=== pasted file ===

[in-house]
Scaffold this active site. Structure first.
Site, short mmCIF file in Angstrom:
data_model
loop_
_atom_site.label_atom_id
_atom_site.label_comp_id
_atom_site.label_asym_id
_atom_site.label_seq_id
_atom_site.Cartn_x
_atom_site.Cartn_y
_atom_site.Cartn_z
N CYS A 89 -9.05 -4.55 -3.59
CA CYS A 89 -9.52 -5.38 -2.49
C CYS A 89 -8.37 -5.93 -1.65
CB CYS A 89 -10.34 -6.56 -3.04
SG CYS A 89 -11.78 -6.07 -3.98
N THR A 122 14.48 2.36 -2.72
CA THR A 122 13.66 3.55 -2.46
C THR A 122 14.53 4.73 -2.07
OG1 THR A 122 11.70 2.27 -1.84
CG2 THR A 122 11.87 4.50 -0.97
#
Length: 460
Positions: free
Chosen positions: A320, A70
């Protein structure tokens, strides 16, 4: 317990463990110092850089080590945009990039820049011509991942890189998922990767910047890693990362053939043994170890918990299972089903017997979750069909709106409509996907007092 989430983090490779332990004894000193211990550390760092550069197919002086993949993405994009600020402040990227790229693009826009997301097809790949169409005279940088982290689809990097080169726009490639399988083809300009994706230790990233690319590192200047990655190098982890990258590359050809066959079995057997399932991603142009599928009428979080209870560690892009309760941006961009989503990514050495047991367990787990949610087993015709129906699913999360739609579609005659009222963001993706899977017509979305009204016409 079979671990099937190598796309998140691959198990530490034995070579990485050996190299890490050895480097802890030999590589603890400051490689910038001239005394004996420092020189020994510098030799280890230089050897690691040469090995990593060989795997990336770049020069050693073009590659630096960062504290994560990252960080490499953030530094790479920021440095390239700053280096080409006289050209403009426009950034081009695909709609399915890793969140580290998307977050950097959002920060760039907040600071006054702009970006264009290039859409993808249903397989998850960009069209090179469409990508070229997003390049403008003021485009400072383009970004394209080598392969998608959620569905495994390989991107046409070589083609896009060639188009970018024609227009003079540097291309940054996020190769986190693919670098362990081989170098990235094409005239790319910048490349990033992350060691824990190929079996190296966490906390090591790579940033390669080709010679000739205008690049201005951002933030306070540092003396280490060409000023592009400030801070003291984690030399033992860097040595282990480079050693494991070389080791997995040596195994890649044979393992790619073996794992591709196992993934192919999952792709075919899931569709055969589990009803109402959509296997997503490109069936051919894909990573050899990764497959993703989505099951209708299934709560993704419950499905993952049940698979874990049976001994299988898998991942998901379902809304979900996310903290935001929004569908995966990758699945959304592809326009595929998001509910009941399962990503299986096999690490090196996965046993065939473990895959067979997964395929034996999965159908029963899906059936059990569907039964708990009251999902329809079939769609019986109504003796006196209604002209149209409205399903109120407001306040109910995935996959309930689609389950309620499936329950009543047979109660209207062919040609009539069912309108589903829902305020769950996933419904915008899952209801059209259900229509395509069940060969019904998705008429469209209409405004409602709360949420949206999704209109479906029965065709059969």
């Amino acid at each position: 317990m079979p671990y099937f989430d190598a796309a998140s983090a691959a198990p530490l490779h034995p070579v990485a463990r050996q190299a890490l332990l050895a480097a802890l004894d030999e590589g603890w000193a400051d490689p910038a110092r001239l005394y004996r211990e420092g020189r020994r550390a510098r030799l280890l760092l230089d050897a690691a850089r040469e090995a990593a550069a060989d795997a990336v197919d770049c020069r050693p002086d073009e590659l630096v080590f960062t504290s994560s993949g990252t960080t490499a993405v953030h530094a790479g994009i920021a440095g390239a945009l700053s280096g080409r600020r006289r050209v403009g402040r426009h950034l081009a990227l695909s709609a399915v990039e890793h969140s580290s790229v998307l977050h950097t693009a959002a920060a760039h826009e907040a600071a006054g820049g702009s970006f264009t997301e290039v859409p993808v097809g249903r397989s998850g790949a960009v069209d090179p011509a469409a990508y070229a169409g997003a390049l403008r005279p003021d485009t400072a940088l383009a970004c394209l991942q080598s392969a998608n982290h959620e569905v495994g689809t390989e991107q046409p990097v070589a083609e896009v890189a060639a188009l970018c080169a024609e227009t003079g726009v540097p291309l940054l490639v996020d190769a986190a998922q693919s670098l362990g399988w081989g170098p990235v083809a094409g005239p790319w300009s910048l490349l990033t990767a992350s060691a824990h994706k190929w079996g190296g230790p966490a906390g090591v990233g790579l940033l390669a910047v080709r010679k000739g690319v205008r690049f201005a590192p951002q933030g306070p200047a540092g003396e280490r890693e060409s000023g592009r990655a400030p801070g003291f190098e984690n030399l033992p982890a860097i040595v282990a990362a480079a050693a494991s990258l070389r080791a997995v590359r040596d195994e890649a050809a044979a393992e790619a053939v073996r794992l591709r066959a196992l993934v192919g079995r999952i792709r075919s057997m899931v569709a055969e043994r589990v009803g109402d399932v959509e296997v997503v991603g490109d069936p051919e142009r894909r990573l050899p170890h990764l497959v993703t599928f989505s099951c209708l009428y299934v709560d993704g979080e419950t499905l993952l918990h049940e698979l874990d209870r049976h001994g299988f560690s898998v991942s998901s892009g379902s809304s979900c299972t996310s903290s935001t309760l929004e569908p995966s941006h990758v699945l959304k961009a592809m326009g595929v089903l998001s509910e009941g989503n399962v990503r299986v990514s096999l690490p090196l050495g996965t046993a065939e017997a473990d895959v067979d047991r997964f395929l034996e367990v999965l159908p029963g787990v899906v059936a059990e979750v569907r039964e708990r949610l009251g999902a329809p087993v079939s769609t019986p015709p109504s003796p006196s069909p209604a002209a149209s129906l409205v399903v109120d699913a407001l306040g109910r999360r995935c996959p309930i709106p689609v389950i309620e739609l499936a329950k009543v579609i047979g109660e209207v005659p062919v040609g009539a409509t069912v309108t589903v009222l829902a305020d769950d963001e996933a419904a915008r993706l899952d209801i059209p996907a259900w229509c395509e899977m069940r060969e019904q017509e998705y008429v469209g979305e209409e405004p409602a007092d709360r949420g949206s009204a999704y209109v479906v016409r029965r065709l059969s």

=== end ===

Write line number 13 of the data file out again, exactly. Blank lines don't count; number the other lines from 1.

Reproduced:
N CYS A 89 -9.05 -4.55 -3.59